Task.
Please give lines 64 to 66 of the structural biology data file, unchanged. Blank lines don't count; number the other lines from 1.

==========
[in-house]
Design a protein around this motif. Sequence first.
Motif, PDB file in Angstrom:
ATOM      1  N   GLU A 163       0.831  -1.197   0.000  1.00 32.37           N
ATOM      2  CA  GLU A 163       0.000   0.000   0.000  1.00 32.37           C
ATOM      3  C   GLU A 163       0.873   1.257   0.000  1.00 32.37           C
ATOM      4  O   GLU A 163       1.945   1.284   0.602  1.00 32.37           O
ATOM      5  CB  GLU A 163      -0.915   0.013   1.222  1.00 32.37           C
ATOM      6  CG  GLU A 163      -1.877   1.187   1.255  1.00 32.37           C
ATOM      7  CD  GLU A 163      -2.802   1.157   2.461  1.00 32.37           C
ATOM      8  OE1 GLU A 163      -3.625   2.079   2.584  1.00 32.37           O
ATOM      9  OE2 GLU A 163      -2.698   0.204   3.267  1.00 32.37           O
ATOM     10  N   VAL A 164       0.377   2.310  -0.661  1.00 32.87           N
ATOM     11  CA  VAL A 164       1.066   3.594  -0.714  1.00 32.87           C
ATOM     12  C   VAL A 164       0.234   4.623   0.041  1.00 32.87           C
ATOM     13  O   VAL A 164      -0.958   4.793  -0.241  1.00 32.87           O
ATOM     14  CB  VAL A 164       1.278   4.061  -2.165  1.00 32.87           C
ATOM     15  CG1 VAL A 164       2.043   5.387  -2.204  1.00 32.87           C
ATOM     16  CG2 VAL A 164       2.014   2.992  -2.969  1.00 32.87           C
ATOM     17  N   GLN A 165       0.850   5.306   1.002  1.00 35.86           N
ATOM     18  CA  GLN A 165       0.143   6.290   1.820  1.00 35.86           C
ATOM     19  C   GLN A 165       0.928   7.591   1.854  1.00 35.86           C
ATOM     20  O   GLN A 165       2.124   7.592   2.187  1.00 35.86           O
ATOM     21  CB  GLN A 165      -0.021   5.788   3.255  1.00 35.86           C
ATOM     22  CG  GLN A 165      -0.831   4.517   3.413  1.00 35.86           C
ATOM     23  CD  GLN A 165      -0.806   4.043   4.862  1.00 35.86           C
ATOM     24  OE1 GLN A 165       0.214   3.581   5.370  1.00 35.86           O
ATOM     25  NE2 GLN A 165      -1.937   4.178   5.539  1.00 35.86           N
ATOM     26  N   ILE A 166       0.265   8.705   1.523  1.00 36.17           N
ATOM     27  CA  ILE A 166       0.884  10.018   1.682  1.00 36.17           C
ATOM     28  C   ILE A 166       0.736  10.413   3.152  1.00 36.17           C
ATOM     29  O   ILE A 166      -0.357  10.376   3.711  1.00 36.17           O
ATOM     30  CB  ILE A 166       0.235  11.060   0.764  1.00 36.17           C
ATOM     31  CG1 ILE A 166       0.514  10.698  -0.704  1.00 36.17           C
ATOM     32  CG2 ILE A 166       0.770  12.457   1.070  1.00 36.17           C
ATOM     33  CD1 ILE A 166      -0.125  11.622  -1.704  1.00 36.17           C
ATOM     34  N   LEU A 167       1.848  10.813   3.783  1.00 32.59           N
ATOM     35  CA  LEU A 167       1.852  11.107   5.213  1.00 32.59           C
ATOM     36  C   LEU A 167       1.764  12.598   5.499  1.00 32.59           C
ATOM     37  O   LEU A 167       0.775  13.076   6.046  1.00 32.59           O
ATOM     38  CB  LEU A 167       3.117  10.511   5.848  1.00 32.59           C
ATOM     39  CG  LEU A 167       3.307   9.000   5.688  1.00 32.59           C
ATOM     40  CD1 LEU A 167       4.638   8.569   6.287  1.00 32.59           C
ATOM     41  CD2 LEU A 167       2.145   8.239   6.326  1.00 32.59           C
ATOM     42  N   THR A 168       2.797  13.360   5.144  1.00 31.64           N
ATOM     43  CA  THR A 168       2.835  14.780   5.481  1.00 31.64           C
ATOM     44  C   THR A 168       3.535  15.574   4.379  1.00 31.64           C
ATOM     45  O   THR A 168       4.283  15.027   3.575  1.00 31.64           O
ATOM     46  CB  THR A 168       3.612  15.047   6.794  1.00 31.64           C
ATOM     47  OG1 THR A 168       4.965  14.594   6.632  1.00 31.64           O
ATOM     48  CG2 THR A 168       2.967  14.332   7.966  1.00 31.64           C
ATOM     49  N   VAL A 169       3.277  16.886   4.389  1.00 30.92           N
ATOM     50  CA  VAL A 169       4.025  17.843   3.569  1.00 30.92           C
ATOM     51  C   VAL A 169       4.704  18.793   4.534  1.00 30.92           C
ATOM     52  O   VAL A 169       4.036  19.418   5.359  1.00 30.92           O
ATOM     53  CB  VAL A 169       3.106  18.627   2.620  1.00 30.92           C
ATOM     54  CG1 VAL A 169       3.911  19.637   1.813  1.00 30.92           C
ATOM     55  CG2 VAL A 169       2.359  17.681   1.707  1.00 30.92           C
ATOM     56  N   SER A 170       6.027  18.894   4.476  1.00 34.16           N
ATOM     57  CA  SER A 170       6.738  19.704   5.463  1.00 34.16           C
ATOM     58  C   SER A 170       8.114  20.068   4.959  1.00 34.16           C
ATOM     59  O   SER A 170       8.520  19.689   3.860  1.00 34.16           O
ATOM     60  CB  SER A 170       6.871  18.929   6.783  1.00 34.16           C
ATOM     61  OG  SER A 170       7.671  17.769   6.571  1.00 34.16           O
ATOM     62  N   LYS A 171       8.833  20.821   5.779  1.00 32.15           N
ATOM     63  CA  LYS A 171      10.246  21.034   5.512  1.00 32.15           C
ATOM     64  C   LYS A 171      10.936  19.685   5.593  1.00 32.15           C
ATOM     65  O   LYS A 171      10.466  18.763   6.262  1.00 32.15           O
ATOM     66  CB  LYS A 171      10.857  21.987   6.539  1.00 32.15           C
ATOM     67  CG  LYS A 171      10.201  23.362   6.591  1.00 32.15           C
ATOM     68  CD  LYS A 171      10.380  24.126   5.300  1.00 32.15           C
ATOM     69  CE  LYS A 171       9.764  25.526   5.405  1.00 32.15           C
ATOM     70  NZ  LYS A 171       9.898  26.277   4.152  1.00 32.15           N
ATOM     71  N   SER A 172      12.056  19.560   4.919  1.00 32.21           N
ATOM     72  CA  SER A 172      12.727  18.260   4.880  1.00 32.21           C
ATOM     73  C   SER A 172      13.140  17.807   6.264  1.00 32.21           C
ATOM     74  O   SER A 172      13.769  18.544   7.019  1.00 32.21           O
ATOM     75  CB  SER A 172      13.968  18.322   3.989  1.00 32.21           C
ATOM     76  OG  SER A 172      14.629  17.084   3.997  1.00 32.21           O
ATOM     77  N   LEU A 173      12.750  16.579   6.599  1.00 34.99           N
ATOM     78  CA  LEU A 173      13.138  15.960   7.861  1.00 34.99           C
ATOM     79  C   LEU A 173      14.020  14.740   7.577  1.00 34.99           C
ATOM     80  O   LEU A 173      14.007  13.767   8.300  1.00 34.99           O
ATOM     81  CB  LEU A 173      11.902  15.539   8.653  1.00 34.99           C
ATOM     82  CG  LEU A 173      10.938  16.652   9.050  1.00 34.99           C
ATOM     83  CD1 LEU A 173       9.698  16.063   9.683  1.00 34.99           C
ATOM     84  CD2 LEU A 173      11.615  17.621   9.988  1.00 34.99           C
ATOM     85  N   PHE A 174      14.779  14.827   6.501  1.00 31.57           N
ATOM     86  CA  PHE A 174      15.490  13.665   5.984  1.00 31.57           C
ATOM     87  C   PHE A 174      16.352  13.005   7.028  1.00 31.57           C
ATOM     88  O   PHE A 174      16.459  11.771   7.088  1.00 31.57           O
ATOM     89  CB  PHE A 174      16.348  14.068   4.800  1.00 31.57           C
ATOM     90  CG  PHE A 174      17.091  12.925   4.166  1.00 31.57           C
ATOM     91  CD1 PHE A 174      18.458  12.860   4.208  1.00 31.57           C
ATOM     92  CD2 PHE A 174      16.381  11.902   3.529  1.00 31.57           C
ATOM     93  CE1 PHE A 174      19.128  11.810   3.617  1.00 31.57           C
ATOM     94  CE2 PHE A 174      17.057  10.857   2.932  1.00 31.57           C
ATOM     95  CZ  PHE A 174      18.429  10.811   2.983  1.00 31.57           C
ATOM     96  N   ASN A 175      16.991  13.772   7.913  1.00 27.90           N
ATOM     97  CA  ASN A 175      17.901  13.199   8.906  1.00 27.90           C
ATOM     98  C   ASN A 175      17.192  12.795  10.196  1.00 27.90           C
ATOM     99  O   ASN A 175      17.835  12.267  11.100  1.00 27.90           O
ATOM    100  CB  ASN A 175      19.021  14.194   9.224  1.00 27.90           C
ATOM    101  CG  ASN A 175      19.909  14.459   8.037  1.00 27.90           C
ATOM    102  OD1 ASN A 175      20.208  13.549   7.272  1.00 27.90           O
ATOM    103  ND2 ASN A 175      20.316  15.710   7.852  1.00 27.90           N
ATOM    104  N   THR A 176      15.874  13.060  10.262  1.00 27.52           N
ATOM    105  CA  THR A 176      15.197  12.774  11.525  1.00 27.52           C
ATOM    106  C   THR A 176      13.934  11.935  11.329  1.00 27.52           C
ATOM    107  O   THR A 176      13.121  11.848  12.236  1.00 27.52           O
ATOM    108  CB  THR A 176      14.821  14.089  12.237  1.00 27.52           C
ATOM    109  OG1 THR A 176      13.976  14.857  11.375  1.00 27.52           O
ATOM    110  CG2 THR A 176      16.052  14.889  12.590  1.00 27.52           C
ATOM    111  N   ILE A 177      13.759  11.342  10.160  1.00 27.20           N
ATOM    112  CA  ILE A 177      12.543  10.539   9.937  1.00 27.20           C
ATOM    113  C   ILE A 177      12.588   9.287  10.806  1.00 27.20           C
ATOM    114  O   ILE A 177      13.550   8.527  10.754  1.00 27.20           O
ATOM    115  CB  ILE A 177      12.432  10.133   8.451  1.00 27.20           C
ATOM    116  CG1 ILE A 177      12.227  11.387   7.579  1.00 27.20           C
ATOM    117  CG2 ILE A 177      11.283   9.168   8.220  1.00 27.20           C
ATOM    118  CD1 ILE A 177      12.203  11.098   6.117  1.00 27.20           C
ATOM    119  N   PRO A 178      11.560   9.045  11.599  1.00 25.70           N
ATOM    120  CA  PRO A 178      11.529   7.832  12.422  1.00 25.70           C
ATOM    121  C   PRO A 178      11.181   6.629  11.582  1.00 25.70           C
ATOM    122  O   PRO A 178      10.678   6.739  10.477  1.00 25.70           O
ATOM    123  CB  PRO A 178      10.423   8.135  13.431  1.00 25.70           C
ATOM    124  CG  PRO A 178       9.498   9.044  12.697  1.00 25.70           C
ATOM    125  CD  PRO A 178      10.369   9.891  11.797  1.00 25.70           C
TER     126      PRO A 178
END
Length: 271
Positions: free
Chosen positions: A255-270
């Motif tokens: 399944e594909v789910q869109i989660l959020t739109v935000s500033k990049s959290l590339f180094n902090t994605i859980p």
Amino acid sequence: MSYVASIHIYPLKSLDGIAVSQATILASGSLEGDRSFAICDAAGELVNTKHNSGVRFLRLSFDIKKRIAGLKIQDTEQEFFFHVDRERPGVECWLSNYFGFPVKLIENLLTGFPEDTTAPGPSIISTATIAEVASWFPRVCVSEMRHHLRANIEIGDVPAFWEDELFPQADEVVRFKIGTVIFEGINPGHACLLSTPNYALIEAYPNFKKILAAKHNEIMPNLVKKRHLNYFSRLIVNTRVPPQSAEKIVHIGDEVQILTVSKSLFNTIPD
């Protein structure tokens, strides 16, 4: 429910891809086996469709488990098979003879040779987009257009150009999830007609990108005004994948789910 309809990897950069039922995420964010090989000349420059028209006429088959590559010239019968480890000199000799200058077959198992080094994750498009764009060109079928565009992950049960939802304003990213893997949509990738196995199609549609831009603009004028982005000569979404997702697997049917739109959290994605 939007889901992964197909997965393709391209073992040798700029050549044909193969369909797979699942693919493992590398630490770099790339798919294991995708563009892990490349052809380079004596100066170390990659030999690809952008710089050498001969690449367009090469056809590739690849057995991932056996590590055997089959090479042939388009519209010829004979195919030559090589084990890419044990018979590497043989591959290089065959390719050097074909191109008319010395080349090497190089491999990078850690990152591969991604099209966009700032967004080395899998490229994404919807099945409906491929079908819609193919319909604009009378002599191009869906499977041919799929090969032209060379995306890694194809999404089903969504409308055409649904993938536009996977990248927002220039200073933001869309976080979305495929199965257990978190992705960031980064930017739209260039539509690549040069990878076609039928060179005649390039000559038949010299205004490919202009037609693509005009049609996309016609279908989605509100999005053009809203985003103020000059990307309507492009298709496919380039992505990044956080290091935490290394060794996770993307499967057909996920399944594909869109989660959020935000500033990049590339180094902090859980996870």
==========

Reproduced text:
ATOM     61  OG  SER A 170       7.671  17.769   6.571  1.00 34.16           O
ATOM     62  N   LYS A 171       8.833  20.821   5.779  1.00 32.15           N
ATOM     63  CA  LYS A 171      10.246  21.034   5.512  1.00 32.15           C